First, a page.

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In IT Together blog series: April

29 Apr 2021



What’s it all about?

We are all familiar and - to a greater or lesser extent - ‘bought-in’ to the experiential frameworks of Customer, Employee and User Experience - or if you prefer - CX, EX and UX. Primarily given the proven causal linkage between organisational performance - across these dimensions - and the bottom-line commercials.

Some would argue though that such experiential components are failing to fully maximise strategic and structural benefits if viewed as standalone - siloed - organisational initiatives. The suggested missing dimension being one of interlinkage and interconnectedness. In essence, a holistic, joined-up, Total Experience (TX) mindset needs to be brought to bear - helping create competitive, marketplace, differentiation.

Within this article, we’ll briefly touch-on the essentials of Total Experience - the associated validity in the conceptual underpinning; along with the potential organisational benefits. Plus look to gauge the extent to which TX - as well as experiential strategy more generally - is understood and being embraced across businesses (within US and UK markets), with a specific focus upon tech decision makers. It’s an overview piece shaped to act as stimulus for further exploration, rather than a comprehensive tome - albeit containing the odd synaptic ‘zinger’. Enjoy.


Buzzword or bona fide?

Context, as ever, is all. It’s therefore helpful to go back to the beginning, to remind ourselves that the concept of an ‘Experience Economy’ was first introduced in 1999 by Joseph Pine and James Gilmore. The idea that goods and services are no longer enough for consumers, that businesses must create memorable events and experiences - transforming a brand’s value proposition. We can trace the origins of Total Experience back to this conceptual epiphany - some 20+ years ago.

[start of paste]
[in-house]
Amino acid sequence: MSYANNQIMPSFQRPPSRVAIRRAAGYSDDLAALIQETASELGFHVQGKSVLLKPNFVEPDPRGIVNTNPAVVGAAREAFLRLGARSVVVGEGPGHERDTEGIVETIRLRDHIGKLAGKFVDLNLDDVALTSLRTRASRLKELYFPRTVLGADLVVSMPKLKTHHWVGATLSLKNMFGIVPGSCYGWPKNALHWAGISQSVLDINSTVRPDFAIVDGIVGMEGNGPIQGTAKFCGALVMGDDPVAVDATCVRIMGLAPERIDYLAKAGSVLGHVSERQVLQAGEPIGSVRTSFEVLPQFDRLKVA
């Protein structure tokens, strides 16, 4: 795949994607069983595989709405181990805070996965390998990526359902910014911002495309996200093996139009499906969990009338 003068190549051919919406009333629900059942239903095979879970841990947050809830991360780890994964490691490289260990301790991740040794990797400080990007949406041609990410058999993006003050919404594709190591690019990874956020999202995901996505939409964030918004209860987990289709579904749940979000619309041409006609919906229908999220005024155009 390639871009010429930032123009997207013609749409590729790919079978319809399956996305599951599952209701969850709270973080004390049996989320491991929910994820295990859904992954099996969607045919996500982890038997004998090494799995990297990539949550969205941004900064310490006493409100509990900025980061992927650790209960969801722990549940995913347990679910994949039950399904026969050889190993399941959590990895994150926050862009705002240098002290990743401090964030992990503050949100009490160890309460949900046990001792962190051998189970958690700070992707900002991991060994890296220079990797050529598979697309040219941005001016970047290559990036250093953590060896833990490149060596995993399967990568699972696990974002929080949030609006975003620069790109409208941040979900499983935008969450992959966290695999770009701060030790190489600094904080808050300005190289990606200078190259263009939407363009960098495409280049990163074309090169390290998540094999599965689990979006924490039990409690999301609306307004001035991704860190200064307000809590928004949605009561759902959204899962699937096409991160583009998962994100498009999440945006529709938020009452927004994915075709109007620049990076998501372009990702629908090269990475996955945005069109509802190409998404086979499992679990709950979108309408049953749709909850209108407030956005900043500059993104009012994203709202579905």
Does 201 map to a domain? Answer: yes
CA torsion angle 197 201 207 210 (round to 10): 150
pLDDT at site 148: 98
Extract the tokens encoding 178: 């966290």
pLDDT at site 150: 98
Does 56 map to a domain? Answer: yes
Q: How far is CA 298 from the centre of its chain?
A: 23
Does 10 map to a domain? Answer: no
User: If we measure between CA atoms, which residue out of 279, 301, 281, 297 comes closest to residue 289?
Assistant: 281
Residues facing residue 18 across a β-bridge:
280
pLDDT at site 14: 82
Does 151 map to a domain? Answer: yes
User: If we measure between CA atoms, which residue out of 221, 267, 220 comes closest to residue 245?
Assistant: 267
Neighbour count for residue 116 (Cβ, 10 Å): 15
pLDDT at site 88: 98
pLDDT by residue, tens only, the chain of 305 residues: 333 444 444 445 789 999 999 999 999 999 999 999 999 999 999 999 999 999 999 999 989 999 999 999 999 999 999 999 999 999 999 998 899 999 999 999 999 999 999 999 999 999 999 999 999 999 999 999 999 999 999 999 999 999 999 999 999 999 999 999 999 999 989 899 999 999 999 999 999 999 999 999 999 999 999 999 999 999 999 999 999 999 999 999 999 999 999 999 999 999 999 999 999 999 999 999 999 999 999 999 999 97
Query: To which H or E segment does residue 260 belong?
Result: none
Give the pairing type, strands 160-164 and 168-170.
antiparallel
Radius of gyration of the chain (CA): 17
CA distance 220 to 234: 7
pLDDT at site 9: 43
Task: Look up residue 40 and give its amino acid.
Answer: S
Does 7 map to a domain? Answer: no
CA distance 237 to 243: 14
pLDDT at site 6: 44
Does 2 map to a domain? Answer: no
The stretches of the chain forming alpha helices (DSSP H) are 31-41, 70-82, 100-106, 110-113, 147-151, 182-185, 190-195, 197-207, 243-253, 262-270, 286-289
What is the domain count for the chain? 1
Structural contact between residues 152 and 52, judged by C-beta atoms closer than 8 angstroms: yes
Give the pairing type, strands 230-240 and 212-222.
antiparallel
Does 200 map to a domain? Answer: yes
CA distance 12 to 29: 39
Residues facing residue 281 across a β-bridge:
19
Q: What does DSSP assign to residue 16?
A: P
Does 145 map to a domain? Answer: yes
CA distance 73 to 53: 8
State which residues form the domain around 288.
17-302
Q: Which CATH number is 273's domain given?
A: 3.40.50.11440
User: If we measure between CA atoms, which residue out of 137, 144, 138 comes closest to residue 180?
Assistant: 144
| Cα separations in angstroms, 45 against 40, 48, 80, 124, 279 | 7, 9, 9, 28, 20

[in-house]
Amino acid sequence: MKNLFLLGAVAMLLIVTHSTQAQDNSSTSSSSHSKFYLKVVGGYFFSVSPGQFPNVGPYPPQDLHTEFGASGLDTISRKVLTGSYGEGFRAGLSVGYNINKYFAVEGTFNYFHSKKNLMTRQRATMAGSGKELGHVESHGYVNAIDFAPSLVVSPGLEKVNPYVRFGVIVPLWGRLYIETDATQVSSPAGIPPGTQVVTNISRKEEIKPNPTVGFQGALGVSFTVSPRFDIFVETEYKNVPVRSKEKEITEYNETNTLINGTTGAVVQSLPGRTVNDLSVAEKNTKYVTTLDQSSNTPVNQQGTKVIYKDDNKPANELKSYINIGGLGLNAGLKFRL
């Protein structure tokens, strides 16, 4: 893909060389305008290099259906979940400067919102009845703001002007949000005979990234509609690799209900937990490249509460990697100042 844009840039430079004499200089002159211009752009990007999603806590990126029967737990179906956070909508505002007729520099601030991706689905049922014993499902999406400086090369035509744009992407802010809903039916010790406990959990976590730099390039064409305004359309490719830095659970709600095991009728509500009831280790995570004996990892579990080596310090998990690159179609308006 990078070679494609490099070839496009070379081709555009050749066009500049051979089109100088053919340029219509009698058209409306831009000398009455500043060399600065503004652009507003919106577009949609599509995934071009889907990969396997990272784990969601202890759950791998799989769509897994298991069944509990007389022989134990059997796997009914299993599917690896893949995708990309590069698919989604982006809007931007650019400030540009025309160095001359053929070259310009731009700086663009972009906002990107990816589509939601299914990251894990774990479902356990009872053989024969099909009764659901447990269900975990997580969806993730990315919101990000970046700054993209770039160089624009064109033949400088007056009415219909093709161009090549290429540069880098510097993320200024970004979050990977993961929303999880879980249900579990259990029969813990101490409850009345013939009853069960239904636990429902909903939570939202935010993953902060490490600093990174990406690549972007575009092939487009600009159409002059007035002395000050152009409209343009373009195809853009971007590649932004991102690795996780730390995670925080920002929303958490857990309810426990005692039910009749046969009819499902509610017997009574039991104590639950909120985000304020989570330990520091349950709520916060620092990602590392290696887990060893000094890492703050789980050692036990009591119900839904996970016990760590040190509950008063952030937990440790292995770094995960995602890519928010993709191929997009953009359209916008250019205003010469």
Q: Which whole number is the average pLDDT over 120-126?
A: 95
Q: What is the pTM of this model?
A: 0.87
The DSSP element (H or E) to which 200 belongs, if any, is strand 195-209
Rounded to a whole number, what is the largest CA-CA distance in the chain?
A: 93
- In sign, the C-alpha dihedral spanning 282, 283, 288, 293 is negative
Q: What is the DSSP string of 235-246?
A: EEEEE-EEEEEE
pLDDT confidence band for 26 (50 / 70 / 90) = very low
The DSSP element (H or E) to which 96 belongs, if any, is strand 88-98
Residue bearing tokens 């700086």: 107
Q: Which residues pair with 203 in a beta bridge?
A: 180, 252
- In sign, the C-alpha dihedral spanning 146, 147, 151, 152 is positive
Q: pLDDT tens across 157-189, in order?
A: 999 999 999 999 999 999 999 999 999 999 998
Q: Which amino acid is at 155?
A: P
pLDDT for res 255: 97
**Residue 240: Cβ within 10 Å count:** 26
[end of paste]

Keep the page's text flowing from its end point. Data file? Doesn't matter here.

In 2014, Forbes was publishing articles such as Marketing In The Total Experience Economy - implicitly acknowledging the need for joined-up dimensions across core experiential functions. So, in summation, TX isn’t - in our view - some recent flash-in-the-pan. The conceptual framework is very much rooted in established strategic thinking, organically forming out of business necessity (and a tech-driven, data-intelligence, backdrop).


Organisational benefits

The advantages of embracing a TX strategy are writ large. Ultimately, helping reduce the organisational friction, investment and redundancy of serving employee and customer audiences in all their forms. Whilst supporting the creation of a truly holistic brand experience - which has greater customer value and market standout.

That being said, it is fundamental to acknowledge that the creation and embedding of unified TX strategies and workflows is far from straightforward. The associated organisational re-structuring most certainly requiring bracing by the dual tech solutions of decision-intelligence and unified communications.


Degree of understanding & embeddedness

It is informative to gain a snapshot of the extent to which TX is conceptually understood, along with the degree to which businesses are starting to embrace Total Experience strategies - benchmarked against the embeddedness of existing experientially-driven (CX, EX and UX) initiatives. To this end, we conducted an IT decision-maker survey - across US and UK businesses - to explore the associated territory.